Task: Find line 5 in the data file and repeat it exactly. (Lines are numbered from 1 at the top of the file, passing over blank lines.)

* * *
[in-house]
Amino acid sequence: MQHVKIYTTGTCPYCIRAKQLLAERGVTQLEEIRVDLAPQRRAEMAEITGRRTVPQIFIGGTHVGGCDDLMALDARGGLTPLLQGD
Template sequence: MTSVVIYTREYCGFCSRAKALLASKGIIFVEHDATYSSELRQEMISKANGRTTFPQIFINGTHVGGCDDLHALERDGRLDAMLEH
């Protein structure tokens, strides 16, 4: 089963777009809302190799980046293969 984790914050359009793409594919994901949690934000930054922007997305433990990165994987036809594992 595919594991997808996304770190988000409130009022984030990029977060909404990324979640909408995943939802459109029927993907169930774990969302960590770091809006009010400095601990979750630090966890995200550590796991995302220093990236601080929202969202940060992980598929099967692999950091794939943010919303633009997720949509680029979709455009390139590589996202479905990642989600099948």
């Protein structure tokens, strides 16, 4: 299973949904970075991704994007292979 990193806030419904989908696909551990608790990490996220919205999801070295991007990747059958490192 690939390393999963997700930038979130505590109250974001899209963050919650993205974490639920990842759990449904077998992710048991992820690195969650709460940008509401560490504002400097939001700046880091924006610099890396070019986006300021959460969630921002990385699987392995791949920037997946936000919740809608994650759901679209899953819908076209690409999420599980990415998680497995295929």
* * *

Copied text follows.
């Protein structure tokens, strides 16, 4: 299973949904970075991704994007292979 990193806030419904989908696909551990608790990490996220919205999801070295991007990747059958490192 690939390393999963997700930038979130505590109250974001899209963050919650993205974490639920990842759990449904077998992710048991992820690195969650709460940008509401560490504002400097939001700046880091924006610099890396070019986006300021959460969630921002990385699987392995791949920037997946936000919740809608994650759901679209899953819908076209690409999420599980990415998680497995295929």